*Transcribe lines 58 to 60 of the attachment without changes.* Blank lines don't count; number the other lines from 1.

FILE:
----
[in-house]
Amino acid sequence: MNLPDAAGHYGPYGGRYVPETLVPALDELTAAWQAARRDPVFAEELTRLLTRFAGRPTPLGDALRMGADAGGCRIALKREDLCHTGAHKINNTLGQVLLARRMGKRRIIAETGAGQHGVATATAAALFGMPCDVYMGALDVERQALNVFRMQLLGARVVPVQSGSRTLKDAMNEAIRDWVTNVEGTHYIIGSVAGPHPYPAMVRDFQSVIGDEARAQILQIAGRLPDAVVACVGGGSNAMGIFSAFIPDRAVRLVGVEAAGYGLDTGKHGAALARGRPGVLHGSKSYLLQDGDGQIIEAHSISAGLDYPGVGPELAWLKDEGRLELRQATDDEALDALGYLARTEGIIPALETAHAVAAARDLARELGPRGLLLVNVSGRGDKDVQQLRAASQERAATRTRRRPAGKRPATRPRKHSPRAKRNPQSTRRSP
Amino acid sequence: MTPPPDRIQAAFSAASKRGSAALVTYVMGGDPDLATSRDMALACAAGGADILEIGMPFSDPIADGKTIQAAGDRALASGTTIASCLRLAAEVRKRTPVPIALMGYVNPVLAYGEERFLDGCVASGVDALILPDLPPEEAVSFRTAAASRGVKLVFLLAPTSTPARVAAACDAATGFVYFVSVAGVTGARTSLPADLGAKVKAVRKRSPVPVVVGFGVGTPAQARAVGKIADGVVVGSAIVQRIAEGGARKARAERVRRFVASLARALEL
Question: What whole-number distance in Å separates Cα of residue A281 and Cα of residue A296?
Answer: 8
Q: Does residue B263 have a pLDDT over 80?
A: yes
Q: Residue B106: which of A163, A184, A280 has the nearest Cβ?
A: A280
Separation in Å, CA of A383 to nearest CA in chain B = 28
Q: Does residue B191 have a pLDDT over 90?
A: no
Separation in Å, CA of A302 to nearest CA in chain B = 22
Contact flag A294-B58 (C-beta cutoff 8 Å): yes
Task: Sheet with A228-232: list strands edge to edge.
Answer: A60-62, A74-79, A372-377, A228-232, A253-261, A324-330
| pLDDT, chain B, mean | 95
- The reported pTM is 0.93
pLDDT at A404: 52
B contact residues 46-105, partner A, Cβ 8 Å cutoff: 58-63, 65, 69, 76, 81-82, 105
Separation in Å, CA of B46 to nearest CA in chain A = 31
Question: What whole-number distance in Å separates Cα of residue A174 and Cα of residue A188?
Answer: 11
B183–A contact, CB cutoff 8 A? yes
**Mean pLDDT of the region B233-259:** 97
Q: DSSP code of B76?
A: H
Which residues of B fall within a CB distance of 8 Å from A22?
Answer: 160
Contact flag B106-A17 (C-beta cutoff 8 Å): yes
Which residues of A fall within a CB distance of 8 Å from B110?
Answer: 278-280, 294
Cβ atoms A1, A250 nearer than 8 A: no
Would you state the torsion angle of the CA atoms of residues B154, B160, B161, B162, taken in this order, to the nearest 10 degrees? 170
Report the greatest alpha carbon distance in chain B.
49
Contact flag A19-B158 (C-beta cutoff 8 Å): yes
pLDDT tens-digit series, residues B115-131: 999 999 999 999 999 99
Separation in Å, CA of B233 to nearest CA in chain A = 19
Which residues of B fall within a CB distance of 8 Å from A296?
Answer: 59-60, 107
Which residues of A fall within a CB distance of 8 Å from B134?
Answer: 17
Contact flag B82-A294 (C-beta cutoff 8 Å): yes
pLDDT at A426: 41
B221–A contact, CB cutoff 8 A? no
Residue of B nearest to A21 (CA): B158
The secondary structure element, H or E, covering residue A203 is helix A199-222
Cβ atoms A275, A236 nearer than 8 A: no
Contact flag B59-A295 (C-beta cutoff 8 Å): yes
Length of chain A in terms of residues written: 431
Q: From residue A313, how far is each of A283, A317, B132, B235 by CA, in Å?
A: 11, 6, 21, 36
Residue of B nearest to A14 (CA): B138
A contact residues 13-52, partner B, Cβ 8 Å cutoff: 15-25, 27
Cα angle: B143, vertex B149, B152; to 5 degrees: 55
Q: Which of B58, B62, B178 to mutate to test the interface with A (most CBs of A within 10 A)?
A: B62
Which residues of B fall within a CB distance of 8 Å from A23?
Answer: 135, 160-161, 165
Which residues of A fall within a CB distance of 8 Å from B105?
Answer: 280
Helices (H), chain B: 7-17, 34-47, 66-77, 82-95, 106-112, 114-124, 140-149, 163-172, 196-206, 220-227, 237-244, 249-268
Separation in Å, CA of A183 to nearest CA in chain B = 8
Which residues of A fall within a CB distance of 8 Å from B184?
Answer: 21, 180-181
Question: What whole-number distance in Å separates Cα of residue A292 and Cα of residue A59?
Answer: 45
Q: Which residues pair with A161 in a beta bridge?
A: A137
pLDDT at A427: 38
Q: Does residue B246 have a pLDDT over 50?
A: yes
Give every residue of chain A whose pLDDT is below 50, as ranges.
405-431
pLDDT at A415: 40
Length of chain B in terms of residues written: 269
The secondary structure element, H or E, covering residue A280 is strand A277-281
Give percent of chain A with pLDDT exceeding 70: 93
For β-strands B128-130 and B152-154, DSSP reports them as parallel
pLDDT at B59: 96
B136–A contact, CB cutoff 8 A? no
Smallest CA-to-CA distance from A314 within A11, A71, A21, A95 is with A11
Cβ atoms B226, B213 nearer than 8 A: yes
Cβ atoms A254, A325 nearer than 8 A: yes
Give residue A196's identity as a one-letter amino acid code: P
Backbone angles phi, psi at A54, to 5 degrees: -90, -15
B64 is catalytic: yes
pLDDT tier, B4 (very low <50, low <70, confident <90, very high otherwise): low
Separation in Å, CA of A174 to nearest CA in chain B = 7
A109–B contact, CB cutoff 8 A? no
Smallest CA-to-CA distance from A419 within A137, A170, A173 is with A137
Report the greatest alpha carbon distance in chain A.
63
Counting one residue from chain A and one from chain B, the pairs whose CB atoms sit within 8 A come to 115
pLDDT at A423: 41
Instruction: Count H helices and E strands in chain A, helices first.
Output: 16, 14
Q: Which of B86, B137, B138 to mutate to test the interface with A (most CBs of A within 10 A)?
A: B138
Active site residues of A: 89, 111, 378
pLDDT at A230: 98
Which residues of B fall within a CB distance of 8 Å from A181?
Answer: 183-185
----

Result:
A: B62
Which residues of B fall within a CB distance of 8 Å from A23?
Answer: 135, 160-161, 165